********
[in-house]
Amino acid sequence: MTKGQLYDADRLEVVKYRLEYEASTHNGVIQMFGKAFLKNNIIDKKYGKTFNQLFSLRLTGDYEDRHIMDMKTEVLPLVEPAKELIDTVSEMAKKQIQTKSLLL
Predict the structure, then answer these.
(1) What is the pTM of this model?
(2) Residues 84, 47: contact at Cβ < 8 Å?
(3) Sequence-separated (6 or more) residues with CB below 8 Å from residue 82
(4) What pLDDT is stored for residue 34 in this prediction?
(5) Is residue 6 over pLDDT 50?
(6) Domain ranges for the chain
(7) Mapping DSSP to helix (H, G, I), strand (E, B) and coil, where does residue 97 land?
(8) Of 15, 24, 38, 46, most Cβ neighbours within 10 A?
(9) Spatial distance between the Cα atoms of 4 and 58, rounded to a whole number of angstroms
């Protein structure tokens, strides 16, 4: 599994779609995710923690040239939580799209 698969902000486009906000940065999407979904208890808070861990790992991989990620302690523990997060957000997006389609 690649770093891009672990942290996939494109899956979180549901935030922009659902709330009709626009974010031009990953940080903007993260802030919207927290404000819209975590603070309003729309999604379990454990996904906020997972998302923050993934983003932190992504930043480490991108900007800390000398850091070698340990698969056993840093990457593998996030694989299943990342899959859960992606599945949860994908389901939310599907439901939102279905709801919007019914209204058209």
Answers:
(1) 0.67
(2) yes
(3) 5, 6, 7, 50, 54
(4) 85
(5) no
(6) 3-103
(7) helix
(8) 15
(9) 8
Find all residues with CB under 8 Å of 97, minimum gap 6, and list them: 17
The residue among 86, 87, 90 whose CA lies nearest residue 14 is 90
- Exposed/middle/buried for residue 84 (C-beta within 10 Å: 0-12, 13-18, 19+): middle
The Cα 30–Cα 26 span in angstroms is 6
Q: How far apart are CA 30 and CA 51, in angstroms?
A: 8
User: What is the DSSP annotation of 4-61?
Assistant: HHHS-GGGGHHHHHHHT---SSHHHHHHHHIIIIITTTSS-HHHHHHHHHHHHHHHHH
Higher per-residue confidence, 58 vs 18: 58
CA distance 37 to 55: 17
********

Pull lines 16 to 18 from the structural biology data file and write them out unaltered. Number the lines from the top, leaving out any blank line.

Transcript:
(2) yes
(3) 5, 6, 7, 50, 54
(4) 85